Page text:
A Snapshot of the National Electricity Market

Here is a point in time snapshot of electricity generation across the eastern states of Australia, in five simple plots.

Figure 1:  Total Installed Capacity of all Electricity Generators at 14 February 2023

Note that while coal is still king, rooftop solar capacity is rapidly gaining.  Figure 2 shows relative capacity in a pie chart:

Figure 2:  Percentage of Total Capacity

If you are any good at Maths you will see that fossil fuels account for just over 45% of generation capacity while renewables (including hydro) account for almost 55%.

Figure 3 looks at actual generation for the year from 14/2/22 to 6/2/23- 52 weeks- in a pie chart.

Figure 3:  Percentage of Total Generation over 52 weeks

Now that is interesting: coal supplied 58% of electricity generation from just 30% of generating capacity.  Renewables, with 55% of capacity could only manage 36% of actual supply.  Gas made up the remaining 6%.

What about in one 24 hour period?  Monday 13 February had close to ideal conditions for renewables: fine, sunny weather with the monsoon far to the north, moderate winds, and dams full.  Figure 4 shows the percentage of total generation for one day:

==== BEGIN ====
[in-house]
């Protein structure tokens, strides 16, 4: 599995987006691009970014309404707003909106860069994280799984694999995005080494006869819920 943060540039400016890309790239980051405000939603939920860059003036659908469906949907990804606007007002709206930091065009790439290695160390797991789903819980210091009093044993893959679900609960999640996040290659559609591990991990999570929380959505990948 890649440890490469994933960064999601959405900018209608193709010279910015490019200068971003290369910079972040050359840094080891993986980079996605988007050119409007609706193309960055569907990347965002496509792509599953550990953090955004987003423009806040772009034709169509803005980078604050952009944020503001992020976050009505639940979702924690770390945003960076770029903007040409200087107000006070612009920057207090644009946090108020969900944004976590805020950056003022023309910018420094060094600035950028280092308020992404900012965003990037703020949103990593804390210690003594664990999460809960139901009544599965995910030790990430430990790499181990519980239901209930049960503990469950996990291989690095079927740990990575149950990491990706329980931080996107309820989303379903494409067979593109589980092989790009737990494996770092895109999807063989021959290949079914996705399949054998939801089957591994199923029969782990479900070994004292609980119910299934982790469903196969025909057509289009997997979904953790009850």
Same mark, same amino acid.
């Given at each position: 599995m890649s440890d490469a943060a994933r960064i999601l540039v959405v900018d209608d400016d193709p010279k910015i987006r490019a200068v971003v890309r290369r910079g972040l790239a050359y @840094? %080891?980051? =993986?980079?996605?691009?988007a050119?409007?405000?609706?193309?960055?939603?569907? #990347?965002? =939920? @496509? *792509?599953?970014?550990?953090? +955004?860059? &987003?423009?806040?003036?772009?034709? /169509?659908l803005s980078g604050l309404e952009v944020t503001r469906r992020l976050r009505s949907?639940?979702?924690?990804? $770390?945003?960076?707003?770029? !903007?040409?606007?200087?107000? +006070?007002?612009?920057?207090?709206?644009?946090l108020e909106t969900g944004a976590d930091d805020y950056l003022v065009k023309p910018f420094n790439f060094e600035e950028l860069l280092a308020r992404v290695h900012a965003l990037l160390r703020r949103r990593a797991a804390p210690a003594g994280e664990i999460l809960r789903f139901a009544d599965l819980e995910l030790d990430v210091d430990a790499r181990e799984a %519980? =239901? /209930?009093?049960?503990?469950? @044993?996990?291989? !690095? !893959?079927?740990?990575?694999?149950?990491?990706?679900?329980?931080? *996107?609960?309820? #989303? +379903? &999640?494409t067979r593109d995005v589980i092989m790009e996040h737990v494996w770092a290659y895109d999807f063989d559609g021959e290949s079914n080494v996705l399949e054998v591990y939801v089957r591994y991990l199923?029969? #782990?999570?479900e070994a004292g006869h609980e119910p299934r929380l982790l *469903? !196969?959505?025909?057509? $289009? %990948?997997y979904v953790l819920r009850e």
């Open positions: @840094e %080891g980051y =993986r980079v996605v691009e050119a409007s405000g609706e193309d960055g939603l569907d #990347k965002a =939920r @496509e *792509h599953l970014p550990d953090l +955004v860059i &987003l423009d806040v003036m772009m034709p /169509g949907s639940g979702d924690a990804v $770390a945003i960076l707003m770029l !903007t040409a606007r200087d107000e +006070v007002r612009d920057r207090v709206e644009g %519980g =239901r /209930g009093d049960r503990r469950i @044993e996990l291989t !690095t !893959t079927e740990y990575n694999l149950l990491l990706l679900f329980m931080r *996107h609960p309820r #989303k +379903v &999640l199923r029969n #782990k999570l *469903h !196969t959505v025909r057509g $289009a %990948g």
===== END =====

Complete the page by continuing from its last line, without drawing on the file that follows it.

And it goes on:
Figure 4:  Percentage of Total Generation on one day

Coal has slipped by one percent, gas by two percent for a total of 61%.  In ideal conditions, renewables provided 39%. 

Knowing the installed capacity for all generators and the actual electricity supplied we can calculate the capacity factor of each:

Figure 5:  Capacity Factor for all Generators 13/2/23

Coal                       62.13%

Wind                     32.93%

Solar (Utility)       32.85%

Hydro                    19.60%

Rooftop Solar      17.29%

Gas                        8.24%

Battery                  3.38%

Distillate               1.14%

Bioenergy           -0.15%

(-0.15% for bioenergy?  That’s not a typo: when sugar mills are not crushing, bioenergy is a drain on the network.)

Solar farms are nearly twice as efficient as roof top solar, for the simple reason that rooftop panels are usually fixed while panels in solar farms track the sun.  Maximum capacity factor for a solar farm could in theory approach 50%, while that of household solar, no matter how much installation increases, won’t get much higher than now.

You can be assured that wind and solar are generating as much as possible.  Coal and gas must reduce supply to allow for this- if it wasn’t for renewables they would have a much higher capacity factor.  This is a problem renewables will never be able to solve- wind and solar energy are too diffuse to be much more efficient.

I hate waste.

We will see how this compares in winter, with much less sunshine and Liddell coal fired power station closed.

(Source: OpenNEM)


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